— BBC Sport (@BBCSport) September 28, 2014
The Golf Blog says: It was a strange decision from the start. When the PGA of America announced it had selected 63 year old Tom Watson as the next captain of the US Ryder Cup team, the choice was a little eyebrow-raising. Watson had already captained the US Team–but that was way back 20 years ago in 1993. That’s the last time the US team had won on foreign soil, so the PGA of America must have been hoping Tom could bring back the magic. Plus, people in Scotland love Watson, almost as one of their own. So there was a hint of logic in the PGA of America’s choice.
But there were numerous problems with selecting Watson as a sentimental favorite. Paramount among them was the fact that the Ryder Cup has become a much bigger production than it was in 1993, requiring the captain to take on a lot more responsibilities (including the ceremonies, uniforms, media requests, not to mention strategizing about the team play and the added pressure of 20 years of defeats for the U.S. team). Moreover, the course where the Ryder Cup would be played wasn’t a British links-style course, the kind of course where Watson’s knowledge and experience could actually help the players with local knowledge. Perhaps the choice of Watson would have made a lot of sense if the Ryder Cup were being played at a British Open course. But Gleneagles is no St. Andrews.
Finally, add in the fact that many of the players are 30 or 40 years younger than Watson, and it’s not hard to surmise that a good number of the players simply had not established any rapport with Watson from the past. He may be some of their idols, but it’s doubtful that many of them have ever spent any serious time with him until this week. Contrast that with Paul McGinley, the captain of the European team, who appeared to be the European’s team members’ big brother.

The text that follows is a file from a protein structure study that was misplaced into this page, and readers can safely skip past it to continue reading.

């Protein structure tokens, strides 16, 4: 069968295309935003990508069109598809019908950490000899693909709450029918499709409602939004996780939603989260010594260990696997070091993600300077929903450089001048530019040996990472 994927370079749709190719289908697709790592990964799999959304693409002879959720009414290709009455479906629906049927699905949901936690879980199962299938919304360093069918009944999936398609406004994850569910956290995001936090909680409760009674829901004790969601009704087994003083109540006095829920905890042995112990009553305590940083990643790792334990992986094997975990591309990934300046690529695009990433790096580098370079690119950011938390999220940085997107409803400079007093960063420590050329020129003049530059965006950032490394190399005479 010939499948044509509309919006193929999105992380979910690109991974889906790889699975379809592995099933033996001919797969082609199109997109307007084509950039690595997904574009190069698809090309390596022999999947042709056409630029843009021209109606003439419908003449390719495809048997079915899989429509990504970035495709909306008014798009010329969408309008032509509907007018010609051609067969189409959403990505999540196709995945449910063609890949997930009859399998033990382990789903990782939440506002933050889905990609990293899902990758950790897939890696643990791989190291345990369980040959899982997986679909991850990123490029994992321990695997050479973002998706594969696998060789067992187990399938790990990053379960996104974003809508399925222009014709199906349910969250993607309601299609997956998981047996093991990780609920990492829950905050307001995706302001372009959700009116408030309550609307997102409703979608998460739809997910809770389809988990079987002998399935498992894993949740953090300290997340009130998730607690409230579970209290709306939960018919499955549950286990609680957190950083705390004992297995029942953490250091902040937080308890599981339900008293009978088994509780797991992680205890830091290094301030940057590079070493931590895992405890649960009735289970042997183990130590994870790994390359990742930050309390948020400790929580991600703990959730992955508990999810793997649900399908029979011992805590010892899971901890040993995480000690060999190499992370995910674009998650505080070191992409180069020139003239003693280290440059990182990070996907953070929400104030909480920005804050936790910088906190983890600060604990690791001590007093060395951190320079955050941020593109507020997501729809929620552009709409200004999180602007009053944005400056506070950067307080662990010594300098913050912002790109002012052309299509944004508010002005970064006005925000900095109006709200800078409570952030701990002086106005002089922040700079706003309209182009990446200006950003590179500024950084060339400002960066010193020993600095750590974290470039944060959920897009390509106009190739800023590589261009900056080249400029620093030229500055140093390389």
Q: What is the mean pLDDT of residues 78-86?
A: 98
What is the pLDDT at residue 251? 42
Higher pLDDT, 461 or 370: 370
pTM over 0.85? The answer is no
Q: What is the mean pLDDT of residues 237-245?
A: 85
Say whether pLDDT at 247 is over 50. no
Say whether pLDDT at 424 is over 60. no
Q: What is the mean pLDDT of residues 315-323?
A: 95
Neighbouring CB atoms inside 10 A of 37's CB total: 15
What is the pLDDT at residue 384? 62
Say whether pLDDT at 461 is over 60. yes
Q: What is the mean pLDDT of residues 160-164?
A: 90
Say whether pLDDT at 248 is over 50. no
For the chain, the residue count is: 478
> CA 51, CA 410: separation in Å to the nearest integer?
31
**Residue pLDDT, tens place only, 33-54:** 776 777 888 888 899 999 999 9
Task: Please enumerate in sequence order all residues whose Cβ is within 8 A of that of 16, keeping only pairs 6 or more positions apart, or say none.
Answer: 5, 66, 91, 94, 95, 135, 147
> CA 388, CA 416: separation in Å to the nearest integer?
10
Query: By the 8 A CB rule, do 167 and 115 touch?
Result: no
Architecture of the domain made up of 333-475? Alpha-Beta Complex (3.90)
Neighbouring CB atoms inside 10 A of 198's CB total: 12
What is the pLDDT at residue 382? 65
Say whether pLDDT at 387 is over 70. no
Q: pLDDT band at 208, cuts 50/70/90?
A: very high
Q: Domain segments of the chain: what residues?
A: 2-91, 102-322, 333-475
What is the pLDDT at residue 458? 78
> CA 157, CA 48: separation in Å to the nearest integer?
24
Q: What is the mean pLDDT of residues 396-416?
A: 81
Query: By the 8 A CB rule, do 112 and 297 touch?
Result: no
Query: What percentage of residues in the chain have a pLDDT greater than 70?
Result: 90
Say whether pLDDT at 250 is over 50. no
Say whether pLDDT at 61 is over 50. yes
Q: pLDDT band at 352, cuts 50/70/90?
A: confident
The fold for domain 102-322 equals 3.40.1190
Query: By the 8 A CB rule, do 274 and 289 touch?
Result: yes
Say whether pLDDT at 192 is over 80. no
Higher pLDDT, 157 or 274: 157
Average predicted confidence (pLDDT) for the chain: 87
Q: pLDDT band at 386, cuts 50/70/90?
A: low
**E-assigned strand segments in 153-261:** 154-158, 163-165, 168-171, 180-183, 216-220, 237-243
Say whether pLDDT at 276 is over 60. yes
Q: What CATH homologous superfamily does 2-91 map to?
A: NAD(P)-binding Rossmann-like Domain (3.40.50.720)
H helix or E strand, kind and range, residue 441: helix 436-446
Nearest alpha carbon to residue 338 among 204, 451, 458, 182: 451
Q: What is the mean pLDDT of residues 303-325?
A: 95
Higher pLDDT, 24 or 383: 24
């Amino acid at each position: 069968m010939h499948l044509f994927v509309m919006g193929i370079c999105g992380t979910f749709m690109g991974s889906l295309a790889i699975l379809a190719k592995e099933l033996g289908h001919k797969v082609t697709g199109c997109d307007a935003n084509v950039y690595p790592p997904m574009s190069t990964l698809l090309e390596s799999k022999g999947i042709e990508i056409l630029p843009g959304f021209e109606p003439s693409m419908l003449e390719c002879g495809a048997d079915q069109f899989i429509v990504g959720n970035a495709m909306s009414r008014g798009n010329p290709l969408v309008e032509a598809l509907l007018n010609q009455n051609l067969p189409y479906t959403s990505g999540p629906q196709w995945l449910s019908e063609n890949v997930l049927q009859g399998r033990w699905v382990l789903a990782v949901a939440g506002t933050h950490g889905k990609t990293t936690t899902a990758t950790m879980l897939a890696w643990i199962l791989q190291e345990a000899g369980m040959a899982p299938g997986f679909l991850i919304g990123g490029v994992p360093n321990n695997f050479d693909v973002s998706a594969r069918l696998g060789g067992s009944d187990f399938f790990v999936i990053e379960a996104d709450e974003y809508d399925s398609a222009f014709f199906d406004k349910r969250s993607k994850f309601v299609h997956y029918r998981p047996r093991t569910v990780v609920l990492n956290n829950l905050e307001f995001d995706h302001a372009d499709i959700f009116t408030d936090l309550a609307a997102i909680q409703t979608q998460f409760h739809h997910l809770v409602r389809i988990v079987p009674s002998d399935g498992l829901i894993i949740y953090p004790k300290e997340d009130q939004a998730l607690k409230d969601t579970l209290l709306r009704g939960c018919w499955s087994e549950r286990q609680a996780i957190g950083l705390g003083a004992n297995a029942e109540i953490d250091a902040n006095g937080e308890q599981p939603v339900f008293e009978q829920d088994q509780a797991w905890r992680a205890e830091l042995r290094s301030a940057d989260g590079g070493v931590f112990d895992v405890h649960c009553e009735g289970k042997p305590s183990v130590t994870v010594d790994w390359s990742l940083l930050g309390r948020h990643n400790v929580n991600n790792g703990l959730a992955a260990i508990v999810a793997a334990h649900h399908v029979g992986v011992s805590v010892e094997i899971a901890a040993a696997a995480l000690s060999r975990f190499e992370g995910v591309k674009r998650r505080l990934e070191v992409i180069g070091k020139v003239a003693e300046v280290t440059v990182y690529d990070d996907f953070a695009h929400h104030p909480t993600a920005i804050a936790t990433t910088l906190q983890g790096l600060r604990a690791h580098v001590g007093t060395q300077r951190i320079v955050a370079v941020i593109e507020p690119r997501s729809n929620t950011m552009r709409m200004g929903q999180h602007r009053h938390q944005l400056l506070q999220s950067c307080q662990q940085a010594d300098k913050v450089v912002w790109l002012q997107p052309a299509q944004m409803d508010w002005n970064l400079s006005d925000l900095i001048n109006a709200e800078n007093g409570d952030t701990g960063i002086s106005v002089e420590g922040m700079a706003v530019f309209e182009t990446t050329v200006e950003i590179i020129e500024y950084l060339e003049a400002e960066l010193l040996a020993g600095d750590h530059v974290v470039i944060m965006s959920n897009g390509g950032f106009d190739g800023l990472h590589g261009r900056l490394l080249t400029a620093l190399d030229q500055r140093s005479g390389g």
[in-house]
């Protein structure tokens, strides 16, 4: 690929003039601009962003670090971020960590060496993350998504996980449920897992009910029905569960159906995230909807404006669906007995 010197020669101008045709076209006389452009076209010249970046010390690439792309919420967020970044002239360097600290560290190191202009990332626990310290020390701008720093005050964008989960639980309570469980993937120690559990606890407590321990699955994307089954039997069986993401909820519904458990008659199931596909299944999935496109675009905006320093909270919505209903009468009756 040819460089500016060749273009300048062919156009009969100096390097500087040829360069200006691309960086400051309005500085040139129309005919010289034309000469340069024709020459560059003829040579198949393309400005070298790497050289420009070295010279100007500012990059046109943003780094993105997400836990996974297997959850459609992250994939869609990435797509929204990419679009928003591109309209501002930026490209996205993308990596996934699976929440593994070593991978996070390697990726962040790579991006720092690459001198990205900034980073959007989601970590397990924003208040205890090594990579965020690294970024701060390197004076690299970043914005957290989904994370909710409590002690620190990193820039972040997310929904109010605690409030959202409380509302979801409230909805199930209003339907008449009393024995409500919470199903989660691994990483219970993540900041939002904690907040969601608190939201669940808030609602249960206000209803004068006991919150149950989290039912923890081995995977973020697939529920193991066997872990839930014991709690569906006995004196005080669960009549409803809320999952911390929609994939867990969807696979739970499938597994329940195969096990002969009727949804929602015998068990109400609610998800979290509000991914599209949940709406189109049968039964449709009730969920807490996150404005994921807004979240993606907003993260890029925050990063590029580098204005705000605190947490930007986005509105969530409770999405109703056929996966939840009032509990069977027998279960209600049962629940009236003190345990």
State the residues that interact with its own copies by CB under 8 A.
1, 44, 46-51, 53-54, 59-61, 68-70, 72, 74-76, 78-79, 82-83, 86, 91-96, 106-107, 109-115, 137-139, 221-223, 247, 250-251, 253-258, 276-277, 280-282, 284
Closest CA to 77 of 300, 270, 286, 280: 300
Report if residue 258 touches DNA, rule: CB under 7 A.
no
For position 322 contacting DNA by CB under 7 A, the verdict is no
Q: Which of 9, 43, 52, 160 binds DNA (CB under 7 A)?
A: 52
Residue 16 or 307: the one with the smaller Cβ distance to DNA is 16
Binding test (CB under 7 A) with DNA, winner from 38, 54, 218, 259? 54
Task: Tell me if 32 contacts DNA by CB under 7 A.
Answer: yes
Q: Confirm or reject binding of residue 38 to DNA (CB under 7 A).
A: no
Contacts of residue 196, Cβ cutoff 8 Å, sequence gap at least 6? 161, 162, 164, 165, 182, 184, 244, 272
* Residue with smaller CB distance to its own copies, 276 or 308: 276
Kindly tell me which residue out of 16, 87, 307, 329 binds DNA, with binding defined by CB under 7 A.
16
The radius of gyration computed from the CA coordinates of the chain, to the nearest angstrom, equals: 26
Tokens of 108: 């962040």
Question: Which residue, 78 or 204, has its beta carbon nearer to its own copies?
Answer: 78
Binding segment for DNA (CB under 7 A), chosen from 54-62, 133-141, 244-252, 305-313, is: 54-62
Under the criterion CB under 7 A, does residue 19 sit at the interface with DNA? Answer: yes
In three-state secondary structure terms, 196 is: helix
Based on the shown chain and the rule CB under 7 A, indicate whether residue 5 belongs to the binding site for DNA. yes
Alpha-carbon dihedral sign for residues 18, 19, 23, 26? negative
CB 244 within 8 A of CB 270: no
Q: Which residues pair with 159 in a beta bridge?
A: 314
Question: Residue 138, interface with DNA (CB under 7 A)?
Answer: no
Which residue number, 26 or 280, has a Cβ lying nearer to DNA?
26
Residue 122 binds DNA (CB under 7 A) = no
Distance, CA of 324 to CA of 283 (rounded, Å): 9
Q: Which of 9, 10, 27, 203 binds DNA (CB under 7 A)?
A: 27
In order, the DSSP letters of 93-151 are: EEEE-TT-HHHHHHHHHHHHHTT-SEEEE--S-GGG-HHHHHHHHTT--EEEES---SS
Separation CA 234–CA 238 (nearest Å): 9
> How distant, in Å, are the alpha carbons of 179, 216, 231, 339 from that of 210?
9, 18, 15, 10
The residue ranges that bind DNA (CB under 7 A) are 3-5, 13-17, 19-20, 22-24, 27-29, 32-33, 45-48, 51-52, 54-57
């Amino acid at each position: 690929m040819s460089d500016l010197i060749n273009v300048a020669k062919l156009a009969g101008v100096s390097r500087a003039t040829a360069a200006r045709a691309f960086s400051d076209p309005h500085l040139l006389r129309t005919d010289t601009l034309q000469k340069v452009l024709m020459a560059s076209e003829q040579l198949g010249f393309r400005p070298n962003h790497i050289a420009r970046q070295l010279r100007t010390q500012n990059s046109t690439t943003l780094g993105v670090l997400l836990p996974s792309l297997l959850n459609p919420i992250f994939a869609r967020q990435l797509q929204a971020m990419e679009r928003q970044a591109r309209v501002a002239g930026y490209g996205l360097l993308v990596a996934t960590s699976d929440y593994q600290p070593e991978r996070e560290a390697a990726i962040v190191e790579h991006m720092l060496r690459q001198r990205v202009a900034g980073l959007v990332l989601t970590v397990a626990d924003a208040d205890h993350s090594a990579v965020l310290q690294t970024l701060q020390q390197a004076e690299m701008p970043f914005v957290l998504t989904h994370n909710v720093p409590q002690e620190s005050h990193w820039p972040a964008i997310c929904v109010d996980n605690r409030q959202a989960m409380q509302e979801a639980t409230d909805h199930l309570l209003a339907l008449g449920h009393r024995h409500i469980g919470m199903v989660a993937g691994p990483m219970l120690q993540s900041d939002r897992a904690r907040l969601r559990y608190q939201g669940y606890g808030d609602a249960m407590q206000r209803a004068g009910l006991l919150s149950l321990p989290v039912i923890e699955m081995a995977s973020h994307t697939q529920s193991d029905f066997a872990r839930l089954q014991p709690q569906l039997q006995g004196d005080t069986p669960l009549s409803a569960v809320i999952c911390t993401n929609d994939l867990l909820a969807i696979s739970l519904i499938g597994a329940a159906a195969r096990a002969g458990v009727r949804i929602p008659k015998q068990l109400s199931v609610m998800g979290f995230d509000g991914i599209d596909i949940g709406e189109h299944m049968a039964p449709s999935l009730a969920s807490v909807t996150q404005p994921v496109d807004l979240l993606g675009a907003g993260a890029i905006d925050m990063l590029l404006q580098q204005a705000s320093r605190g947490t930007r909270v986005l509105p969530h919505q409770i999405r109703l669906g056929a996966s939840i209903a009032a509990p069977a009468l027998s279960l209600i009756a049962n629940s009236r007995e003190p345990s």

So if Watson deserves criticism for his decisions and uninspired captaincy at the Ryder Cup (he does), so does the PGA of America. The PGA of America selected Watson without thinking through that sentimental decision. Watson hadn’t coached a team for 20 years. He was the oldest Ryder Cup coach in history. Not sure on what basis the PGA of America decided that Watson could win where so many US captains (who were younger, more energetic, and more connected to the current PGA Tour players) had failed since 1995.Tweet
The Golf Blog says: At the press conference following a blowout loss for the US team (16.5 to 11.5), Phil Mickelson talked openly about the last time the US won a Ryder Cup in 2008 (he’s been on 8 losing teams). When asked a question about how the US team won in 2008 at Valhalla, Phil let loose. He said that Paul Azinger, the last US coach to win a Ryder Cup, created “pods” in which team members who would play together during the Ryder Cup would practice and hang out together to establish some team chemistry. He said Azinger got team members invested in the process and Zinger also had a good strategy of giving each pod a game plan. Tom Watson defended his strategy and dismissed the notion of a “pod” at the press conference. But Watson’s own coaching this week left a lot of good reasons to question the decisions he made this past week.